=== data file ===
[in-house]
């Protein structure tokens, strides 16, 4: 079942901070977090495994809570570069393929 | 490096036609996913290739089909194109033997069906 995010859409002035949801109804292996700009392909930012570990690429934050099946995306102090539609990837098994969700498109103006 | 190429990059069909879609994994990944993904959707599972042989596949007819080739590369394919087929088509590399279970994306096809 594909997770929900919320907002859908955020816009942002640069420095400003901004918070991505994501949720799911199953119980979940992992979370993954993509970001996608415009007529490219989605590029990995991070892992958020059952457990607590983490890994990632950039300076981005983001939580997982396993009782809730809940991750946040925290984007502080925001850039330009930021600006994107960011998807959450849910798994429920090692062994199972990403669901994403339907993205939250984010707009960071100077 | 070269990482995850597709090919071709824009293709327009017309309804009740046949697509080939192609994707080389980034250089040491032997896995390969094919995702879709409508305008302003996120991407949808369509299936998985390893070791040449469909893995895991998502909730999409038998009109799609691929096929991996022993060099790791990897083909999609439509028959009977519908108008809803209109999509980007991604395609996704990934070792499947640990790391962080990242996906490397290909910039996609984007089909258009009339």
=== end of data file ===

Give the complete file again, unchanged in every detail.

[in-house]
């Protein structure tokens, strides 16, 4: 079942901070977090495994809570570069393929 | 490096036609996913290739089909194109033997069906 995010859409002035949801109804292996700009392909930012570990690429934050099946995306102090539609990837098994969700498109103006 | 190429990059069909879609994994990944993904959707599972042989596949007819080739590369394919087929088509590399279970994306096809 594909997770929900919320907002859908955020816009942002640069420095400003901004918070991505994501949720799911199953119980979940992992979370993954993509970001996608415009007529490219989605590029990995991070892992958020059952457990607590983490890994990632950039300076981005983001939580997982396993009782809730809940991750946040925290984007502080925001850039330009930021600006994107960011998807959450849910798994429920090692062994199972990403669901994403339907993205939250984010707009960071100077 | 070269990482995850597709090919071709824009293709327009017309309804009740046949697509080939192609994707080389980034250089040491032997896995390969094919995702879709409508305008302003996120991407949808369509299936998985390893070791040449469909893995895991998502909730999409038998009109799609691929096929991996022993060099790791990897083909999609439509028959009977519908108008809803209109999509980007991604395609996704990934070792499947640990790391962080990242996906490397290909910039996609984007089909258009009339």